When the Olympics come to mind, I generally think of one thing: track and field, the oldest sport in the Olympics, which date to 776 BC when the first games were held in Olympia, Greece. Actually, track was the only sport in that first Olympics and there was only one event—a race of approximately 192 meters (210 yards).
Like most people who think about track, the names of Olympic greats like Carl Lewis, Usain Bolt, Jackie Joyner-Kersee, Ben Johnson and Allyson Felix come to mind.
But, given enough time, I end up thinking about Eric Liddell.
For those who grew up in the 1980s, you will remember him as one of the two key characters in the 1981 movie Chariots of Fire, which documented the real-life events surrounding the 1924 Olympics and won four Academy Awards, including Best Picture.
For those who grew up after that, it’s worth watching—multiple times.
Liddell invades my mind because he was so principled, he was a great athlete, and, most importantly, his love for God was so deep that he would later risk, and give, his life to spread the gospel in China.
Running was something he was good at, but it never seemed to rule his life. He knew its place and its place was for a certain period of time, the Olympics. That’s where he let the world see his principles (he refused to run on Sunday), his athletic ability (he set a world record in the 400 meters that stood for seven years and remained a European record for 12 years) and his love for God (besides honoring the Sabbath, people knew he would be going to China to be a missionary after the Olympics).
My mind is forced to contemplate all of that. How could a man, who was seemingly revered by so many people that they flocked to track meets to watch him run and packed churches to hear him preach, be so convinced that none of that mattered?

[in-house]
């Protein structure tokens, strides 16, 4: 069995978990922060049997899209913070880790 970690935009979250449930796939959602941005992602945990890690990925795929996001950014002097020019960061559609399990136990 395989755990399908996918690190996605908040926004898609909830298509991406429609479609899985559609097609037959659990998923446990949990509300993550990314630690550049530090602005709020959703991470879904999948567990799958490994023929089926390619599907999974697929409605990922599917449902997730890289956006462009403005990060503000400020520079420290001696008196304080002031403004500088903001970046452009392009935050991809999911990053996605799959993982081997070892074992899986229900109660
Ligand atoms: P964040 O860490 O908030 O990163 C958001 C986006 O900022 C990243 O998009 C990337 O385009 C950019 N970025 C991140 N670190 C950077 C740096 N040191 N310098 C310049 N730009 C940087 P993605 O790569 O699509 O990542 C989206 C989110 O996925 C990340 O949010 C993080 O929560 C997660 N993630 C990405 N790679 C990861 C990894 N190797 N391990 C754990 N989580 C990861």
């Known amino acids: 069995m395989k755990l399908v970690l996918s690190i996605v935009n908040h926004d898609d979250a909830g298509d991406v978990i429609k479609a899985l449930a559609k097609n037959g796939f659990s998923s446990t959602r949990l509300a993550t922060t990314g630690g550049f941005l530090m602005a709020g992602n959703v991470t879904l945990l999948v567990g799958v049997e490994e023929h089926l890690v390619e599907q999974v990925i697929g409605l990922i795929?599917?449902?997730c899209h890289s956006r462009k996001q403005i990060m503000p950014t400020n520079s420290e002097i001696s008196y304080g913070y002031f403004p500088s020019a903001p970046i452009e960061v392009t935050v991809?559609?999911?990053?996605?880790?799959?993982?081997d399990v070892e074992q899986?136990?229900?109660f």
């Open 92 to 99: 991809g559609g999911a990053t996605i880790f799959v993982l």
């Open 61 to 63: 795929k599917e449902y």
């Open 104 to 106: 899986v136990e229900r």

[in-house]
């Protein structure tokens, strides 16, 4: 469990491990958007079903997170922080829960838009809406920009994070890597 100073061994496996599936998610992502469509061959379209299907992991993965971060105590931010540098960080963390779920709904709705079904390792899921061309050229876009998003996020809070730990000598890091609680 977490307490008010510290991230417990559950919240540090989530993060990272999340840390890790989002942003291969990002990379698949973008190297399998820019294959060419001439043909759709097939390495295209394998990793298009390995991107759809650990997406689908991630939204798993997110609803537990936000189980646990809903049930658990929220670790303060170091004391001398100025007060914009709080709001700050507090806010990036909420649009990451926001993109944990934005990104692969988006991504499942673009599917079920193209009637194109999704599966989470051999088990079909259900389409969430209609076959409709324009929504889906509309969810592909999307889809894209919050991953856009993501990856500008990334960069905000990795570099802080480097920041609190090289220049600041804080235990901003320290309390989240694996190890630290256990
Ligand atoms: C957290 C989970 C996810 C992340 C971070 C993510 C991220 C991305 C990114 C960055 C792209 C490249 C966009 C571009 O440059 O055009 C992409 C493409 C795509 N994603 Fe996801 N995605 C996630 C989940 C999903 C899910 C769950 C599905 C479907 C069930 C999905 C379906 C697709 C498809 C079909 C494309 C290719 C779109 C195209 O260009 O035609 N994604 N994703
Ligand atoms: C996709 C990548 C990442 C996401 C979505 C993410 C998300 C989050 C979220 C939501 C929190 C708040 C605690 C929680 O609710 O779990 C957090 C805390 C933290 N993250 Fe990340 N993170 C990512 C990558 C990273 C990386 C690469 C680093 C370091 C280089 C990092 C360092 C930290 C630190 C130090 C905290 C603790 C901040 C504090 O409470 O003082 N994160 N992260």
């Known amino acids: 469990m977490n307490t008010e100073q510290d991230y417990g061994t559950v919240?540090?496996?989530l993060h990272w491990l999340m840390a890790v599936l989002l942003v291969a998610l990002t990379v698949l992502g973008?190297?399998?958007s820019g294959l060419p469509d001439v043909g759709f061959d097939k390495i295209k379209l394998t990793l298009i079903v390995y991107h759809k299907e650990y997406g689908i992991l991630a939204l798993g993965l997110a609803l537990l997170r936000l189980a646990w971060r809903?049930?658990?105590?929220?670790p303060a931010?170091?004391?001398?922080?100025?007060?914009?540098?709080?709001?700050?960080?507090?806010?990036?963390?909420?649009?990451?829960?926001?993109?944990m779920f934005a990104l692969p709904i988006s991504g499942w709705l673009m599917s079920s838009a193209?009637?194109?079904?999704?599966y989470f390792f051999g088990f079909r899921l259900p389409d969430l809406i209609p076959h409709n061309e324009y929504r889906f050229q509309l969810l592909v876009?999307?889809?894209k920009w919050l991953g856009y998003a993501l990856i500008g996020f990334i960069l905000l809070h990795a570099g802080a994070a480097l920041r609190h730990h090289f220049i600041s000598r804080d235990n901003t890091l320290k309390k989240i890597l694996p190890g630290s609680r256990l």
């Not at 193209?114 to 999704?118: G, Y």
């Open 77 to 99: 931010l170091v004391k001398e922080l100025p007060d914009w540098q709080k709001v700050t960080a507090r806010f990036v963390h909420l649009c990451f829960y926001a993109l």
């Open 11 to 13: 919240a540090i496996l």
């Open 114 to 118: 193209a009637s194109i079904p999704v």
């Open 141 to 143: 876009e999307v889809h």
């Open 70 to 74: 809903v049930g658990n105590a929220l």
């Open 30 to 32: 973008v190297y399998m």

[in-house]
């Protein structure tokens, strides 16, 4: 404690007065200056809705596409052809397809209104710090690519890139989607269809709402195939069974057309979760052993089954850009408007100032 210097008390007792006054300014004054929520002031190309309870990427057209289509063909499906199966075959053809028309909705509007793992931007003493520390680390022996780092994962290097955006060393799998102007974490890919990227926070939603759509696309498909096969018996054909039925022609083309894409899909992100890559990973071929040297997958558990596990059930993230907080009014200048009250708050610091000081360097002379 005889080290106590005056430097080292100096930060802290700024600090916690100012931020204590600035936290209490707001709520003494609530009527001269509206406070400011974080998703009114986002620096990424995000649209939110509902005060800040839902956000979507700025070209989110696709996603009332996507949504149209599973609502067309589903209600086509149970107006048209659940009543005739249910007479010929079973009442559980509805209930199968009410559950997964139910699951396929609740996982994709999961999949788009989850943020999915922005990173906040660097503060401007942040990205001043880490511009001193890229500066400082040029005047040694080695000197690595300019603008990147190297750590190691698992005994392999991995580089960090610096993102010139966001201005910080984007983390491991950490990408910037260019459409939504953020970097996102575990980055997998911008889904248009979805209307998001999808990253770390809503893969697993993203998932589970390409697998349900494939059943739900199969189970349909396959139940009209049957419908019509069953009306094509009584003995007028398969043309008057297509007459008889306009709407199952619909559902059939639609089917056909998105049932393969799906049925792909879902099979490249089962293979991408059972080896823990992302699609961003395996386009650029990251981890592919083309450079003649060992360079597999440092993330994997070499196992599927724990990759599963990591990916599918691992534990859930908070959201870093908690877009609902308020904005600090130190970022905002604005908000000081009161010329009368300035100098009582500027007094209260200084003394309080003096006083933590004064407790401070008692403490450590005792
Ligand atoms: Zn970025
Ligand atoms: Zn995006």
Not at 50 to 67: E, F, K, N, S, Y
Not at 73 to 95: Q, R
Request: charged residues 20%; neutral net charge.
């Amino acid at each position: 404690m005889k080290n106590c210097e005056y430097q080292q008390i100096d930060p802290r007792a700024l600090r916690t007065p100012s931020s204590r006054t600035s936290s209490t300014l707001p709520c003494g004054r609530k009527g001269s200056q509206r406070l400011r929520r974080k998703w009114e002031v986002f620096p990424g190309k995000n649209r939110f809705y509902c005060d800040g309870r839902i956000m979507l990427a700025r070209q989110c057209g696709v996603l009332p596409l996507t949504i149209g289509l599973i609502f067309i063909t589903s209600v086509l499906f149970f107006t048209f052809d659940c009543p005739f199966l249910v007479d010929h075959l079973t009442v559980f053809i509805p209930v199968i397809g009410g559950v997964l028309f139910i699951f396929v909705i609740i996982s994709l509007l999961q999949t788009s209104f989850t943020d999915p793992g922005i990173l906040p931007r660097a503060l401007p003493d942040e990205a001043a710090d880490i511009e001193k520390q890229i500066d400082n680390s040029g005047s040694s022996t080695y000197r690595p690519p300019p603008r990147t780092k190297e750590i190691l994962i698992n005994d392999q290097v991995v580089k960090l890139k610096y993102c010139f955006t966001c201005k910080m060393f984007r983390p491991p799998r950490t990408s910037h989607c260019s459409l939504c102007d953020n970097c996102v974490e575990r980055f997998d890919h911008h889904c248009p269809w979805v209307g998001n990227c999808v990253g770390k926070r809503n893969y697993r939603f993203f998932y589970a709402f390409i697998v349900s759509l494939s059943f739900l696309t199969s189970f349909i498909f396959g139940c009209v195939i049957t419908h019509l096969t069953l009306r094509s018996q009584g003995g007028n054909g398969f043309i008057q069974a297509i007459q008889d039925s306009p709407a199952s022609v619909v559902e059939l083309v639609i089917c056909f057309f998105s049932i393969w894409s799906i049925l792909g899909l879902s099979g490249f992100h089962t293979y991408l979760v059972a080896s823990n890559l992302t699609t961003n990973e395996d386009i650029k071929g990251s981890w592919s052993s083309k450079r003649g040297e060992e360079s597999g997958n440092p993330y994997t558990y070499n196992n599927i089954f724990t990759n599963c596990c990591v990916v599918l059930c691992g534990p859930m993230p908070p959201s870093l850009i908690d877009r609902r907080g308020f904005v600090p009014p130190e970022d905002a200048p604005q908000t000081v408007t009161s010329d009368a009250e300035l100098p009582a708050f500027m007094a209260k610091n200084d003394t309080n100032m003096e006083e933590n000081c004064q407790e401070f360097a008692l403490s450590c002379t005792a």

How could he ignore all of the attention in Great Britain and his native Scotland and move to China, a nation where his status would be far less and where those things wouldn’t command the same respect as in his homeland?
Because he loved God more than anything else.
That love was easily seen in his actions. Not for forsaking the spotlight and becoming a missionary, but for what he did years later.
It’s the part the movie doesn’t cover because its focus was about the 1924 Olympics. It’s also the part that intrigues me about Liddell.
Nine years after moving to China, in 1934, Liddell married Canadian citizen Florence Mackenzie, and they had two children, Patricia and Heather.
War broke out after Japan invaded China, and, in 1941, when Florence was pregnant with their third daughter, Maureen, Eric sent his family to Canada because staying in China had become too risky for his wife and small children.
He wanted his family to be safe while he continued to minister, but he thought the war would be temporary and they would be reunited soon.
However, it was the last time they would see each other.
Two years later, in 1943, Eric Liddell was detained at Weihsien prison camp. He died on Feb. 21, 1945, after suffering from a brain tumor. Five months later the camp was liberated and the war ended.
His death impacted a nation; Scotland had a national day of mourning and it made headlines in newspapers.
At least 12 books have been written about Liddell’s life. Also, several documentaries, Eric Liddell: Champion of Conviction and The Story of Eric Liddell, retrace his life, but most of all they show how much people admired and loved him—more than 50 years after his death.
Because he was born in China to missionary parents and he died there, some of China’s 2008 Olympic literature listed Liddell as China’s first Olympic champion. In August of 2008, readers of The Scotsman newspaper voted Liddell the most popular athlete in Scottish history.
That same month, just before the Beijing Olympics, the Chinese government revealed that Liddell had a chance to leave the prison camp in a prisoner exchange, but instead gave up his place to a pregnant woman.
His athleticism and sacrificial devotion to God and people were what made others in Scotland and China, then and today, love, adore, and admire him.
It’s also the reason I wanted to let you know about him.
I hope his story will encourage and inspire you to action as you think about his life and commitment to God.
This column was published in Vol. 26, No. 3 of Sports Spectrum’s print magazine. Brett Honeycutt is the managing editor of Sports Spectrum magazine. His column addresses topics from a biblical perspective. Follow him on Twitter-@Brett_Honeycutt.